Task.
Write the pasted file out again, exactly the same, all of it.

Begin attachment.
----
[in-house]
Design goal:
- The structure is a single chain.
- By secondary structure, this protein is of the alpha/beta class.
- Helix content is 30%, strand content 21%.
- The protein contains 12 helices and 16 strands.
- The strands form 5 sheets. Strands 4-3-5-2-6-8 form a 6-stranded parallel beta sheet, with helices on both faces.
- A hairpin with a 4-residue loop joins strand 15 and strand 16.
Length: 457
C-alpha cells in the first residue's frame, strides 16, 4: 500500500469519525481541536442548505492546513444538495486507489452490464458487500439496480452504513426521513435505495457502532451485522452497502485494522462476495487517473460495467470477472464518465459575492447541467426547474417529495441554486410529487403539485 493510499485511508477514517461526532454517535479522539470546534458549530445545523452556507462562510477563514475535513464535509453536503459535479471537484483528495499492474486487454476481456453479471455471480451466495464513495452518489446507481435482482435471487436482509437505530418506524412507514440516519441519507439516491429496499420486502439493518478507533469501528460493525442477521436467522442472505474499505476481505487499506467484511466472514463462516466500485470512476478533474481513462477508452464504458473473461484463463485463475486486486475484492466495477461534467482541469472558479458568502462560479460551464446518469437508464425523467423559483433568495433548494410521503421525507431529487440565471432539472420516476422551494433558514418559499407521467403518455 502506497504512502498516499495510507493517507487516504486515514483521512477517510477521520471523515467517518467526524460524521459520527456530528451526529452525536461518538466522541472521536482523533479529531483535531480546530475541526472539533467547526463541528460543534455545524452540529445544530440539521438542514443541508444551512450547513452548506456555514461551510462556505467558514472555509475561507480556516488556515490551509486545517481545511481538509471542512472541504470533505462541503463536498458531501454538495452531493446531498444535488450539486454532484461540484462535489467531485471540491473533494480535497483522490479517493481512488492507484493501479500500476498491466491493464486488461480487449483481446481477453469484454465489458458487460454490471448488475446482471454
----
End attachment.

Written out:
[in-house]
Design goal:
- The structure is a single chain.
- By secondary structure, this protein is of the alpha/beta class.
- Helix content is 30%, strand content 21%.
- The protein contains 12 helices and 16 strands.
- The strands form 5 sheets. Strands 4-3-5-2-6-8 form a 6-stranded parallel beta sheet, with helices on both faces.
- A hairpin with a 4-residue loop joins strand 15 and strand 16.
Length: 457
C-alpha cells in the first residue's frame, strides 16, 4: 500500500469519525481541536442548505492546513444538495486507489452490464458487500439496480452504513426521513435505495457502532451485522452497502485494522462476495487517473460495467470477472464518465459575492447541467426547474417529495441554486410529487403539485 493510499485511508477514517461526532454517535479522539470546534458549530445545523452556507462562510477563514475535513464535509453536503459535479471537484483528495499492474486487454476481456453479471455471480451466495464513495452518489446507481435482482435471487436482509437505530418506524412507514440516519441519507439516491429496499420486502439493518478507533469501528460493525442477521436467522442472505474499505476481505487499506467484511466472514463462516466500485470512476478533474481513462477508452464504458473473461484463463485463475486486486475484492466495477461534467482541469472558479458568502462560479460551464446518469437508464425523467423559483433568495433548494410521503421525507431529487440565471432539472420516476422551494433558514418559499407521467403518455 502506497504512502498516499495510507493517507487516504486515514483521512477517510477521520471523515467517518467526524460524521459520527456530528451526529452525536461518538466522541472521536482523533479529531483535531480546530475541526472539533467547526463541528460543534455545524452540529445544530440539521438542514443541508444551512450547513452548506456555514461551510462556505467558514472555509475561507480556516488556515490551509486545517481545511481538509471542512472541504470533505462541503463536498458531501454538495452531493446531498444535488450539486454532484461540484462535489467531485471540491473533494480535497483522490479517493481512488492507484493501479500500476498491466491493464486488461480487449483481446481477453469484454465489458458487460454490471448488475446482471454